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After The Divorce…
Who To Hang With

by Lisa Lombardi

June 11, 2019

Married Couples

Don’t assume hanging with couples will turn you into a third wheel. “Divorced men and women need time to heal. Going out with couples can be a safe and fun thing to do,” says Ellen. And the bonus.  When you go out with a couple that has a great relationship, “you can observe what makes for a happy marriage,” she adds.

Ellen knows firsthand. Once she was back on the market, she spent a lot of time at the home of a happily married pair she knew. “I learned a lot from them about how to handle conflict and show affection,” she says. Maybe that made her more open to the romantic opportunity just around the corner—or, down the street, rather. “I met a man who was working one block from this couple’s house, and we ended up getting married.”

Susan Silver, a writer in New York City, also believes hanging out with paired-up pals has its fringe benefits. “Going out with couples is the best for meeting someone, because they’ll look around for you with no self-interest,” she notes. “And men tend to have more guy contacts.” (In fact, Silver went on several dates with buddies of her married male friends.) Besides, logging time at the home of a cozily married pair can ease your transition into the wide world of dating. “I am very grateful to my couple friends for bringing me along and inviting me to their homes for the weekend,” she continues. The challenge, of course, is to not spend too many nights wedged on a sofa between two marrieds, inhaling popcorn and watching Dancing with the Stars!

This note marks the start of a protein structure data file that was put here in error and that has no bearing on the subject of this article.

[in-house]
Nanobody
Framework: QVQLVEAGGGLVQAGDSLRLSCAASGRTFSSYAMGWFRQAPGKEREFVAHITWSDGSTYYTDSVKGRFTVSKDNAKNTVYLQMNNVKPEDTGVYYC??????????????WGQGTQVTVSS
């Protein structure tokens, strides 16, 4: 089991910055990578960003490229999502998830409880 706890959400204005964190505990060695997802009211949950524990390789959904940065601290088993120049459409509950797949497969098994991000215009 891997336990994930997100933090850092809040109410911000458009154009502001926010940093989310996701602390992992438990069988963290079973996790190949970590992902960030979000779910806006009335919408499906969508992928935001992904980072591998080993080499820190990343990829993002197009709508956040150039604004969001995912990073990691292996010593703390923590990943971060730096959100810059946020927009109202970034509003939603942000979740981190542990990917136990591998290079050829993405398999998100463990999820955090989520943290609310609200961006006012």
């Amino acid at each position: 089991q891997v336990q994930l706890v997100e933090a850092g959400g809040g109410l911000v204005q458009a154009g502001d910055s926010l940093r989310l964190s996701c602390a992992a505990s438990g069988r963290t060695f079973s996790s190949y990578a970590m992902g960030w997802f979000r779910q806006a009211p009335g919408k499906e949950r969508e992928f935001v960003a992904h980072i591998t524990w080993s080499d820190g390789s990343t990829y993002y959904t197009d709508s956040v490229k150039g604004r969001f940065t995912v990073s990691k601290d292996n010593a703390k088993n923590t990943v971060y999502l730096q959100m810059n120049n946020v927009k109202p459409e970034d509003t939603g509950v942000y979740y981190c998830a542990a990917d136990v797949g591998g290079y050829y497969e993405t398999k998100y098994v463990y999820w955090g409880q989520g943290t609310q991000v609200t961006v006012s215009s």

Selected Single Friends…But Try Going Out Alone

It sounds crazy and it sounds terrifying, but there are some very good reasons to consider holding your head up high and hitting that party/book reading/open mic night alone. Such as? The biggest pro is “you can do any activity you want—rather than stay home and miss it and wish you had gone,” says Sherry Alpert, a divorced executive in Canton, MA. “We singles who don’t have kids at home can use our freedom, which we have more of than couples because we’re not answering to anyone.”

Plus, planning your own itinerary means you’re more likely to stumble upon a like-minded partner.  You have more control finding someone to your liking if you choose the type of setting or event.  And when you go alone, you are much more likely to meet others, since you’re less reliant on your friends.”

That’s true even when you’re attending decidedly unromantic events. Alpert happened upon someone special at, oddly enough, an acquaintance’s mother’s memorial service. “I certainly didn’t go to the memorial hoping to meet someone,” she says. “But we talked there, met each other afterward, and had a two-year relationship.”

So go ahead, venture out at least once without that security blanket of friends. Ask for a table for one. Chances are, you won’t be dining alone for long.


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